The difference between winning and losing a Solo National Championship may be just a few degrees
It seems like just yesterday that the only decision to make was whether or not you wanted a co-driver to warm your autocross tires. But while this is still a tried and true method by many, other competitors have taken a far more active approach to autocross tire temperature management. But do these methods work, and is all of the effort necessary?
“Many autocrossers have probably seen the same grid where one competitor is using blankets and another has the water sprayer out,” says Peter Calhoun, Motorsports Marketing Manager, BFGoodrich Tires. “The use of static tire blankets and water spraying has become that of urban folklore amongst the hardcore Solo community, and it’s something that is not part of our formal testing procedures.”
The fact is, most modern Extreme Performance Summer tires, like those found on autocross courses or in use at track events, offer a reasonably wide operating temperature range. “The number of variables is infinite when it comes to weather, track surface and conditions, vehicle design, setup, and driver preference,” says Calhoun. “In the case of the BFGoodrich g-Force Rival S, the normal operating range is 100-175 degrees F. If the Rival S were to peak at 190 degrees F or higher, its grip and ultimate performance will decline and cooling will be appropriate.”
Optimizing your car’s balance from one autocross run to the next can be a challenge; for some, the easiest thing to do is to cool the tires in an effort to keep things consistent, while others may be more flexible and tune the car as needed. Either way, there are things to consider.
“An important consideration for drivers to take into account is the downtime between runs; will that time in grid be enough to allow the tire to naturally cool down, while maintaining the operating tire pressures,” says Calhoun. “This is a big difference between autocross and other forms of racing. Autocrossers most often talk about cold tire pressures due to short run times, while circuit racers are always shooting for a target hot pressure for maximum performance where track time is measured in minutes or hours, not seconds.”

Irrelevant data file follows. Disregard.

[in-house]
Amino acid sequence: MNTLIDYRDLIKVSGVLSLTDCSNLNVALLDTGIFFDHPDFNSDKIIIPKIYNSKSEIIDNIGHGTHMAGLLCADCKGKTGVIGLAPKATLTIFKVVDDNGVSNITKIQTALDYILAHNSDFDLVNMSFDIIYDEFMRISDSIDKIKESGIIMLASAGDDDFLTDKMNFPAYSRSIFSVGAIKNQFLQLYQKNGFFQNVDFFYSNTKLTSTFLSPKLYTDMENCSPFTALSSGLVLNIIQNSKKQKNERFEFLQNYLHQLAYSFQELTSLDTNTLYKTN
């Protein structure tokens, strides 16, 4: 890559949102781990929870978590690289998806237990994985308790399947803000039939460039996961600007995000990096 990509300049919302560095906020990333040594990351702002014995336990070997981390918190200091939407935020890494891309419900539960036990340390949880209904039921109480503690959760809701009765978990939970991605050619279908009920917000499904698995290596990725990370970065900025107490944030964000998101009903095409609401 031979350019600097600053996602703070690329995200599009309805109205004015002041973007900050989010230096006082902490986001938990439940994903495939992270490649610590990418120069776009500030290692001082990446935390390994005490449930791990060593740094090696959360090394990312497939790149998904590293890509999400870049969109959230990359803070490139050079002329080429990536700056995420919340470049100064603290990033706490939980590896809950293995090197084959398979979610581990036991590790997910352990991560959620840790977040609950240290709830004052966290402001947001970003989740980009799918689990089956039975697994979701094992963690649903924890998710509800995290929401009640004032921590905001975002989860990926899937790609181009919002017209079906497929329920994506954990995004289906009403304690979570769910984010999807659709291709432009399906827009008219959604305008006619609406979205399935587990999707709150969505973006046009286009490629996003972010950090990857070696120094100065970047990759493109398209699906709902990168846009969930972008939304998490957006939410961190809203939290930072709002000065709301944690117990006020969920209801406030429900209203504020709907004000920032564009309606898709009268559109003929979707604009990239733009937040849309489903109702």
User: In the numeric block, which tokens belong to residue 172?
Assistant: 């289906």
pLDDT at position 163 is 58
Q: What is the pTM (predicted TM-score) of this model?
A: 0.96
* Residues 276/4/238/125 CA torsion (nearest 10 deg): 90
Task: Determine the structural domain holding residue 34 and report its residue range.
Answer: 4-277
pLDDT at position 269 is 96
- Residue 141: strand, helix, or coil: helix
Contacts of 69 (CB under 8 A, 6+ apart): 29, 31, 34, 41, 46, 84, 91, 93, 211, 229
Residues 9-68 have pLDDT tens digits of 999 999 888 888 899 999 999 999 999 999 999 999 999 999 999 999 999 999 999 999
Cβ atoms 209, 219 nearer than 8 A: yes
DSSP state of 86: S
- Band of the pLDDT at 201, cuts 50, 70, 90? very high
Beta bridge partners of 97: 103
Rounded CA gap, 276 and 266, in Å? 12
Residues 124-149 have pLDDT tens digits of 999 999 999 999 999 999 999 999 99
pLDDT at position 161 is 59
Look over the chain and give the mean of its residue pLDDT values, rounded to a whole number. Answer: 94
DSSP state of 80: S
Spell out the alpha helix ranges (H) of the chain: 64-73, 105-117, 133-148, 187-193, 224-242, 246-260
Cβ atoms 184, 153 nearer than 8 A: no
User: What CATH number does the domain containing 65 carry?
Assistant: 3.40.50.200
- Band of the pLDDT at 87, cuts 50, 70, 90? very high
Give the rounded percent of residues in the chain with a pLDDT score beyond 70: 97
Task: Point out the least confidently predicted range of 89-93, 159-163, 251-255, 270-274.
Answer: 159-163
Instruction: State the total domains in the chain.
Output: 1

If you find yourself needing to cool your tires, try not overdoing it as that can potentially take the tire below its optimum temperature range before your next run. “Watering down the tire is only necessary if the temperature was too high and borderline of being greasy,” says Paul Jho, Motorsports Senior Manager at Nexen Tire. “I normally suggest cooling down a tire slowly, therefore it wont take too long to reach the optimal temperature between runs. Watering down will lower the temperature and possibly can help longevity, but it’s possible to loose optimal grip.”
For competition-specific tires, much of the same is true, and while some may be marketed as an autocross-specific application, most are much more robust than you might expect. It’s just as common to see tires like the Hoosier A7 on the grid at events like the SCCA National Championship Runoffs as it is to see them at the Tire Rack Solo National Championships.
“The [Hoosier] ‘A’ compound is pretty amazing – we’ve had it around forever as compounds go,” says Tim Gilvin, Hoosier Tire Circuit Racing Product Manager. “The Solo crowd will shoot for 110-140 degrees F temperature range. But lets say they are autocrossing a Corvette and then the person takes the same Corvette to Road America on the same A7 – at 240 degrees F the tire will be sticking like glue coming around the Carousel.”
Indeed, finding and maintaining the ideal tire temperature for your autocross car’s setup is more complicated than blindly using tire blankets or spraying water over the tire’s contact patch. But if the process is taken seriously, you may discover the pursuit for the ideal tire temperature is the missing link to your Solo success.